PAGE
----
Continuing their complete Mozart opera recording cycle, The Mozartists’ latest release shines a light on two early opera works by Mozart.
Grabmusik was reported to be the product of a test set by the prince of Salzburg, who: “… not crediting that such masterly compositions were really those of a child, shut him up for a week, during which he was not permitted to see any one, and was left only with music paper, and the words of an oratorio … During this short time he composed a very capital oratorio, which was most highly approved of upon being performed.” Performed for Holy Week the title can be translated as ‘Cantata on Christ’s Grave’ (literally ‘Grave Music’), and the anonymous text takes the form of a dialogue between a tormented soul, who is desperately lamenting the tragedy of Christ’s death, and an angel.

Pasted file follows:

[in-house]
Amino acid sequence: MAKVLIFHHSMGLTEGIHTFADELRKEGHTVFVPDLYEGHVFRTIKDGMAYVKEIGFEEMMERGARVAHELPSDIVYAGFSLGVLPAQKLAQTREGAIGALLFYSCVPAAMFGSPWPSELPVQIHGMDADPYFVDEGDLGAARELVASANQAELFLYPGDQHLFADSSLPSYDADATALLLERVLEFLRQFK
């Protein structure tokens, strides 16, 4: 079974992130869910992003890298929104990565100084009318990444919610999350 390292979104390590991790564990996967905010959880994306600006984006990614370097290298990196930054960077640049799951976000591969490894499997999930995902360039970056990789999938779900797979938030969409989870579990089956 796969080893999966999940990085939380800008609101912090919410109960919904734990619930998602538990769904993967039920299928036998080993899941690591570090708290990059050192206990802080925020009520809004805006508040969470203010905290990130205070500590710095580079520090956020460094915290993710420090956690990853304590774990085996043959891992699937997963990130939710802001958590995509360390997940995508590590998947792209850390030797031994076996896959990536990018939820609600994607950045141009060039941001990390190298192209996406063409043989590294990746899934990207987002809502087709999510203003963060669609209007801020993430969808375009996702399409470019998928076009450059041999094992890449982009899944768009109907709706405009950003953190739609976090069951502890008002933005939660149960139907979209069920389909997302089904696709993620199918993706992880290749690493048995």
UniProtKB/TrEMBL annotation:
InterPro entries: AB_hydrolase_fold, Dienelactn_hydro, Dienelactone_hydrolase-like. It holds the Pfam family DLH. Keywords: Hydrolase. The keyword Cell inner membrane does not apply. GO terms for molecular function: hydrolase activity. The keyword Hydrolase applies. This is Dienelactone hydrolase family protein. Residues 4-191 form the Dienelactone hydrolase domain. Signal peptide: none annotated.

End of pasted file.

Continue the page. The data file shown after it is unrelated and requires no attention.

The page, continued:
Bastien und Bastienne is the only one of Mozart’s operas to have been written for performance in a private house rather than a theatre. Commissioned at some point in mid-1768 by the renowned and controversial German physician Franz Anton Mesmer, it tells the tale of two young shepherds, Bastien and Bastienne, being reconciled in love by the fortune teller and magician Colas after Bastien has briefly been lured away by the attractions of a noble lady from the city. This new recording uses Mozart’s original 1768 setting of the libretto by F. W. Weiskern & J. H. F. Müller, the provenance of which was only established in the 1980s.